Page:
Health department ‘still investigating’ PH’s 4th monkeypox case, says patient had no travel history

The Department of Health (DOH) said it was still investigating the source of infection of the Philippines’ fourth monkeypox case after it was reported that the patient has no history of travel to countries with documented reports of the disease.

DOH announced on Monday evening that a 25-year-old individual tested positive for monkeypox through an RT-PCR test on Friday and has been checked into an isolation facility.

In a press briefing on Tuesday, the health department admitted it was still trying to find the source of the patient’s infection.

“Until now, we are still trying to investigate and elicit information to establish the source of infection of our fourth case,” DOH Officer-in-Charge Maria Rosario Vergeire said.

Vergeire added that they were monitoring 14 of the patient’s close contacts.

“All of these 14 close contacts of the fourth case do not have any symptoms at all. This is what we are looking at right now in order to establish the source of infection.”

Officials said all four confirmed monkeypox cases in the Philippines are unrelated.

That said, DOH has refrained from classifying case no. 4 as a local transmission, despite the patient not having any travel history.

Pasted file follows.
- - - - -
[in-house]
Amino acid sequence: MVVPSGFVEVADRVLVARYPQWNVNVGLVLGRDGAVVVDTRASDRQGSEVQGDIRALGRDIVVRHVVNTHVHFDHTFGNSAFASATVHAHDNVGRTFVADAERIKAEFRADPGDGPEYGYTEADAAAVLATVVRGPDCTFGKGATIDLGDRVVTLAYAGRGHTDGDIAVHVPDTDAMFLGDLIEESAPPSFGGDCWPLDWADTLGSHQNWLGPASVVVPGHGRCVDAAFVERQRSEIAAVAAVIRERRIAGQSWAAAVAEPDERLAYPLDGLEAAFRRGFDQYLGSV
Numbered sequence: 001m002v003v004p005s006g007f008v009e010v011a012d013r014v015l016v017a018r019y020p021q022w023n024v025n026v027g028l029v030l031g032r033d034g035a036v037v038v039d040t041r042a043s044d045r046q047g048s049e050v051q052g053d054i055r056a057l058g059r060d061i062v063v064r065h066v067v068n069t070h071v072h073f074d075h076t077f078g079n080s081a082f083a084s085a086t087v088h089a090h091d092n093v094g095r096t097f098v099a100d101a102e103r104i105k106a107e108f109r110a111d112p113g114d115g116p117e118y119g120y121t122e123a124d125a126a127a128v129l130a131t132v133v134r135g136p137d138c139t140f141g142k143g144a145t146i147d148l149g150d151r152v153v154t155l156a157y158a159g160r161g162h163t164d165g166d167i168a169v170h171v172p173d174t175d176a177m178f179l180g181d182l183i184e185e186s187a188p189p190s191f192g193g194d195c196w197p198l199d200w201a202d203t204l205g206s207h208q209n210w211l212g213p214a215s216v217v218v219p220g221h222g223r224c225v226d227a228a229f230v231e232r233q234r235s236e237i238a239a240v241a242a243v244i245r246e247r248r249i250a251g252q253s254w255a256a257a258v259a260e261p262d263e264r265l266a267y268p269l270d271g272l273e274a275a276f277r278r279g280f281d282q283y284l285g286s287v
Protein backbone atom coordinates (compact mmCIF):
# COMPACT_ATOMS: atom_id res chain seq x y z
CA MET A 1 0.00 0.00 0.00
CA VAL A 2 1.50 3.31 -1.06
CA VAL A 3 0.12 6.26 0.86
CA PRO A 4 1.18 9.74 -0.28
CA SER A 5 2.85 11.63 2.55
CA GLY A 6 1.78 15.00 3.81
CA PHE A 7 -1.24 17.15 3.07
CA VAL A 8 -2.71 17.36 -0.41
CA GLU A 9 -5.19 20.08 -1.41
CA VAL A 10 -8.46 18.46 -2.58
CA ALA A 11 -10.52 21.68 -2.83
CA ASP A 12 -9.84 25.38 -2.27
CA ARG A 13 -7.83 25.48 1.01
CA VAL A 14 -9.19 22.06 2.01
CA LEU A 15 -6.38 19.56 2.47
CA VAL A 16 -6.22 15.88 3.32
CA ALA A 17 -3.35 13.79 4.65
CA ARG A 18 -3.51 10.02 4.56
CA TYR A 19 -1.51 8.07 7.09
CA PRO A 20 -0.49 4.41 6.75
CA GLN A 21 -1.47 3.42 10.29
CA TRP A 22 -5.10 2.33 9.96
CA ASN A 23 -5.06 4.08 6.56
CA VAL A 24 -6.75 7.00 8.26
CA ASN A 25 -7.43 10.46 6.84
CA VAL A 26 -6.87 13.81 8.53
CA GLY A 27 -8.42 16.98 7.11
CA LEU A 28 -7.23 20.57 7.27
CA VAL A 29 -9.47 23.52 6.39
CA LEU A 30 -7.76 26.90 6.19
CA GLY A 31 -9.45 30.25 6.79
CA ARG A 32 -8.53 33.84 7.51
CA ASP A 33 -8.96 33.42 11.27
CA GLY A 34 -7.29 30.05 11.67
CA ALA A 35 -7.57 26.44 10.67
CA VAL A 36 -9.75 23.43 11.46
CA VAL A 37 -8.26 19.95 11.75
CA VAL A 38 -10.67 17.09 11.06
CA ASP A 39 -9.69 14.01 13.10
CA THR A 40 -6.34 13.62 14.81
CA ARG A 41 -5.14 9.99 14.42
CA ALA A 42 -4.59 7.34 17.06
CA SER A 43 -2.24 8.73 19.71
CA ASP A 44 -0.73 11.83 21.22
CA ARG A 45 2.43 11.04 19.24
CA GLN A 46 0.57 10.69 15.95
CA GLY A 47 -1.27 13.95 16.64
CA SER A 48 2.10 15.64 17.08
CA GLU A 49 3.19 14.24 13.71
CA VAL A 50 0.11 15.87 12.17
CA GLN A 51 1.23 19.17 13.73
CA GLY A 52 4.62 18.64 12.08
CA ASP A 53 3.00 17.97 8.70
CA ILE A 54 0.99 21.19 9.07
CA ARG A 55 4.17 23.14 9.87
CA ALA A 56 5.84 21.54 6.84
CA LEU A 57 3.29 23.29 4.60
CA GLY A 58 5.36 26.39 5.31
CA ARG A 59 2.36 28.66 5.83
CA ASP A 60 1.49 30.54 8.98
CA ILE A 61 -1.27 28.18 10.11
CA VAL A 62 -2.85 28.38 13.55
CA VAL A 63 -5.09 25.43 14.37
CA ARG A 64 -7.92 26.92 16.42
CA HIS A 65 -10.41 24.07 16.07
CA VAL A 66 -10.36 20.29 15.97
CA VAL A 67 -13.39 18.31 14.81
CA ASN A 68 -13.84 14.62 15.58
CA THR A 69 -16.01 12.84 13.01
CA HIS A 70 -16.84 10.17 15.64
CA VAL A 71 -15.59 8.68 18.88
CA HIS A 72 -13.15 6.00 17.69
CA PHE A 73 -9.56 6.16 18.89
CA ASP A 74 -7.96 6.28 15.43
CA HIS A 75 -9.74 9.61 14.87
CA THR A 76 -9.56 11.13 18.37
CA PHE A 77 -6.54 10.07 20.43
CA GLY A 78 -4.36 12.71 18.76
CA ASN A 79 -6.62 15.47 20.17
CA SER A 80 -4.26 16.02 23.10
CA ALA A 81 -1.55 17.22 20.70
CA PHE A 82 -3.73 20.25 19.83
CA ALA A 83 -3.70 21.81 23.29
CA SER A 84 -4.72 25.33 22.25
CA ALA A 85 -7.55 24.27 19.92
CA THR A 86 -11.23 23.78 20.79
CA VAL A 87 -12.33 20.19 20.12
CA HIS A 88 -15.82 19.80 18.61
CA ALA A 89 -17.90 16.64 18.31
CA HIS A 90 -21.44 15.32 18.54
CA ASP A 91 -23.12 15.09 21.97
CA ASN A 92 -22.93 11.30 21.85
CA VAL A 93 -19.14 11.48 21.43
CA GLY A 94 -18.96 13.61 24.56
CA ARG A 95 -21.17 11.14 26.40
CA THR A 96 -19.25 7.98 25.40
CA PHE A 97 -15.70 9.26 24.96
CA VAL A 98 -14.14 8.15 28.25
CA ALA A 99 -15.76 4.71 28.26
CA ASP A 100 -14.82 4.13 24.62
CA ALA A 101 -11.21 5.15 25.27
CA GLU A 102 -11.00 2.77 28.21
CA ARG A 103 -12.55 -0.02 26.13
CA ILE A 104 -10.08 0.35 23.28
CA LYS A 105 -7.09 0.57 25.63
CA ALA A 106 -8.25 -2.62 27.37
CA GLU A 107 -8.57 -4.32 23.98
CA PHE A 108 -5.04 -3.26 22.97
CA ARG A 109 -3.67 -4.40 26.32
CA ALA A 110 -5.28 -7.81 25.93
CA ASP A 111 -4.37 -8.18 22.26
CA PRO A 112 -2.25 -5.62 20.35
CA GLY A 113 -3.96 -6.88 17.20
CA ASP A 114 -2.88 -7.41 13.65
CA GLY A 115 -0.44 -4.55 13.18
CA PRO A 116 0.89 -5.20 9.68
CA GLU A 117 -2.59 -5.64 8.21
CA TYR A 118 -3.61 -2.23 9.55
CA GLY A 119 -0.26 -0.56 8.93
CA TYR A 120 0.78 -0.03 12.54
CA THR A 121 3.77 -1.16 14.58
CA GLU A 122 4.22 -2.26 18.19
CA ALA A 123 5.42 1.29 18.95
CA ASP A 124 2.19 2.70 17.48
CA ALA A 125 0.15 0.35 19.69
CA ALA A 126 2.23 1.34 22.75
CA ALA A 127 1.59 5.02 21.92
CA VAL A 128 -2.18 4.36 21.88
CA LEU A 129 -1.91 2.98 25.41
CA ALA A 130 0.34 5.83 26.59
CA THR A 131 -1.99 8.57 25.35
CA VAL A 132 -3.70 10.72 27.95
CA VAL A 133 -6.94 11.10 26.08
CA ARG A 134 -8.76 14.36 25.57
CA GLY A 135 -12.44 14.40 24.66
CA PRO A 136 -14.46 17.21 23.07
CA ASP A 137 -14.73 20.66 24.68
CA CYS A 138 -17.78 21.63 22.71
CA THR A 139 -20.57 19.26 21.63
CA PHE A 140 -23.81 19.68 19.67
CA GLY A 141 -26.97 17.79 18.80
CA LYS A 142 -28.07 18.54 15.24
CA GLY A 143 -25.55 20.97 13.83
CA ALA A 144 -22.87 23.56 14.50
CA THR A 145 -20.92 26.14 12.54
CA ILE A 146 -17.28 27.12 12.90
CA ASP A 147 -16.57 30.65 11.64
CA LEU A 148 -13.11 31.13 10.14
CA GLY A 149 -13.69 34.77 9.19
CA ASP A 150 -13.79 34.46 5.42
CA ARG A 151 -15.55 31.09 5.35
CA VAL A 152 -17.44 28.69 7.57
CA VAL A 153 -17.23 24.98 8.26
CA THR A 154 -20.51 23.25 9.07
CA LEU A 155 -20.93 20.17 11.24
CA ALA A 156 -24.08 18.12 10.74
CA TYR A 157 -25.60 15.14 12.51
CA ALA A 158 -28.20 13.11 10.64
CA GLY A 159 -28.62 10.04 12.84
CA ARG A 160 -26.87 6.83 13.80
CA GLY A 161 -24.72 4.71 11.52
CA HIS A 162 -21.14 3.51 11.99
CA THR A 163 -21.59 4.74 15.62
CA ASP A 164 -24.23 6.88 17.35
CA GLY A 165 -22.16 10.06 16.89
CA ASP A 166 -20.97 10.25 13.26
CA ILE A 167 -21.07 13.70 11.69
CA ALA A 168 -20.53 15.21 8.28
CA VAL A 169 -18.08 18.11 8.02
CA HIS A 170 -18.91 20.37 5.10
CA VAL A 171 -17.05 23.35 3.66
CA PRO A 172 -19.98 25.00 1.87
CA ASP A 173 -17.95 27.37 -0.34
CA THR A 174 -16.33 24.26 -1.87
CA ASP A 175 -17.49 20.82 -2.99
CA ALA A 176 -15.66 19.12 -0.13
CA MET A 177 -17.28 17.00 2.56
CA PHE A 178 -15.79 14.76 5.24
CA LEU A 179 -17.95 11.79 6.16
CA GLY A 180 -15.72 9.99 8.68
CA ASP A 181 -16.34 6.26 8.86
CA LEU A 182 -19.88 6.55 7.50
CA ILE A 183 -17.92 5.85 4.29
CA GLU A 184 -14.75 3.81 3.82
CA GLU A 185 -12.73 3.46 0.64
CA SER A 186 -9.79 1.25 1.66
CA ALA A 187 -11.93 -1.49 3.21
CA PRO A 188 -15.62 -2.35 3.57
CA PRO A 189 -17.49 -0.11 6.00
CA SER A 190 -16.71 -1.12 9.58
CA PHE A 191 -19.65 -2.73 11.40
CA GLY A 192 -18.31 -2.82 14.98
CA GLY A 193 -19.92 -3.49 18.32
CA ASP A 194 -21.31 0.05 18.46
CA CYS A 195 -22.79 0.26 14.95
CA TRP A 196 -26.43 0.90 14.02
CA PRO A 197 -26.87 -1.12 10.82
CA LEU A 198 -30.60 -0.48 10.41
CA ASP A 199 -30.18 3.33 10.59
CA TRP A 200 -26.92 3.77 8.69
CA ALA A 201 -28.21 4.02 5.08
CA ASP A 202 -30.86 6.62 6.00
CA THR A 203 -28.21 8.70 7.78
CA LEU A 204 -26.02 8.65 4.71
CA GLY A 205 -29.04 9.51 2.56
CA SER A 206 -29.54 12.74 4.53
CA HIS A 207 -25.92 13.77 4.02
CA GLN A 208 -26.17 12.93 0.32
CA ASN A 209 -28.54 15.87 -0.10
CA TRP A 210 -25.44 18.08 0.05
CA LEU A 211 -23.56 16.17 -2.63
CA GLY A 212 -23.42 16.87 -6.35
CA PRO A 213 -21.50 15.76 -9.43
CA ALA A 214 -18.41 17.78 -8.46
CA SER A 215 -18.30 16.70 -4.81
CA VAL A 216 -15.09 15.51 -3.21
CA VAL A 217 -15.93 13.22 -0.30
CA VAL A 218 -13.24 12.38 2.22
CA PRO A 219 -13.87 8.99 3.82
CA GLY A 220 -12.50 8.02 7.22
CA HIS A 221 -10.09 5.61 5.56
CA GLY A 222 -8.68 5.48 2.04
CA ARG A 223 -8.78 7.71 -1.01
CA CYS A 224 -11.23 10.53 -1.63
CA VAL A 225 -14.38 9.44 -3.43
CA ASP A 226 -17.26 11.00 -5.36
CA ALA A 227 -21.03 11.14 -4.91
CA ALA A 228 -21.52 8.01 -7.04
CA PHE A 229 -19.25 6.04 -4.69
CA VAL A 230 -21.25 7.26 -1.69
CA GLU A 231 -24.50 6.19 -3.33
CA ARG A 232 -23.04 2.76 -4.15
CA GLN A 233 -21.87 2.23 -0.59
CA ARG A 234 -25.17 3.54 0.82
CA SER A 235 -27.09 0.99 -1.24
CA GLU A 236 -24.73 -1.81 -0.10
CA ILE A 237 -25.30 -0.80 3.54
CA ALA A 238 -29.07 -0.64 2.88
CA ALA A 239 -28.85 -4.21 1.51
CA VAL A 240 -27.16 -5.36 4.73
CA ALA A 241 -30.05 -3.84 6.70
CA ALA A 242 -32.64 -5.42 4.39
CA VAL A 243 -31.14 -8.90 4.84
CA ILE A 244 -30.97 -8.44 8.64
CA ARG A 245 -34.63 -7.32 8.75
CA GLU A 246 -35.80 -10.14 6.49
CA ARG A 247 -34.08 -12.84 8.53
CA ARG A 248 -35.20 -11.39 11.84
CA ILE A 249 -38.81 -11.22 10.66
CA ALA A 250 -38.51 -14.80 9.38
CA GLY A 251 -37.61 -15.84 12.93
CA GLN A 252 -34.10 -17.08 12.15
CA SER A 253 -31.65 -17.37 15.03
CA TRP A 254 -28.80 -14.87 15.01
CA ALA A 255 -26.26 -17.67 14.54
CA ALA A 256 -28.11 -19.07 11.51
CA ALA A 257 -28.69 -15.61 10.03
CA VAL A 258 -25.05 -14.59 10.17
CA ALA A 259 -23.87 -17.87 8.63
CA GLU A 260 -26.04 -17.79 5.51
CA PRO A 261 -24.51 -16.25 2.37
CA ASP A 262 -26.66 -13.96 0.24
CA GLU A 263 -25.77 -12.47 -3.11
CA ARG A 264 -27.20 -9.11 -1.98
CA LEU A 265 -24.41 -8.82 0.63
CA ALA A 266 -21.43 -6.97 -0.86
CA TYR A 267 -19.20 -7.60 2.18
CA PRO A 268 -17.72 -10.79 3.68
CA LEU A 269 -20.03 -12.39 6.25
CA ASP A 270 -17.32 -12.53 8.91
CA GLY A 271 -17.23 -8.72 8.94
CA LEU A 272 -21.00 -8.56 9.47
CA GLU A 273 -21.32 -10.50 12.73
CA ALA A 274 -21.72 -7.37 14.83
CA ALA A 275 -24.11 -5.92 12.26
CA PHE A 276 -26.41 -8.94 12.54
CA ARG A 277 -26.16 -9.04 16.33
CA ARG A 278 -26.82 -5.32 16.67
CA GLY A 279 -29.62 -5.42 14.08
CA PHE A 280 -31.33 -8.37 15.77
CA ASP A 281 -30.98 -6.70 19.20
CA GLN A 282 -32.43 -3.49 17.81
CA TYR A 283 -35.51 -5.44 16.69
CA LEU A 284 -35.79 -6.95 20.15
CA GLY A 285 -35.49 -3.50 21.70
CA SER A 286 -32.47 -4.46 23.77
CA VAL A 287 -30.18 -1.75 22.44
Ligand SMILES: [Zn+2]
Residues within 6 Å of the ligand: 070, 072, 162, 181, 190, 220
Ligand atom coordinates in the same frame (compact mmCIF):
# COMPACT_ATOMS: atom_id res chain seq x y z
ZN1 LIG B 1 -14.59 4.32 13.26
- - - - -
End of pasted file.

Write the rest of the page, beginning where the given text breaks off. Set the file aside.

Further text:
The circumstances of the case have raised concern among social media users.

“This is so alarming. No travel history means the virus is here, spreading,” one user worried.

“I wonder how many of us are carriers whose symptoms have not showed up yet,” another one said.

“And still, we do not have a DOH secretary appointed!” another user complained, referring to the fact that President Ferdinand “Bongbong” Marcos Jr. has yet to appoint a secretary to head the Department of Health amid the ongoing Covid-19 pandemic and the monkeypox outbreak.

Another also wondered why it took the health department three days to announce the confirmation of a fourth case.

“They suppressed news for 3 days? They already confirmed a positive result last Friday.”

The World Health Organization said that transmission could result “from close contact with respiratory secretions, skin lesions of an infected person or recently contaminated objects” and added that transmission through respiratory particles requires prolonged face-to-face contact.

The incubation period for monkeypox usually ranges from six to 13 days but can also range from 5 to 21 days.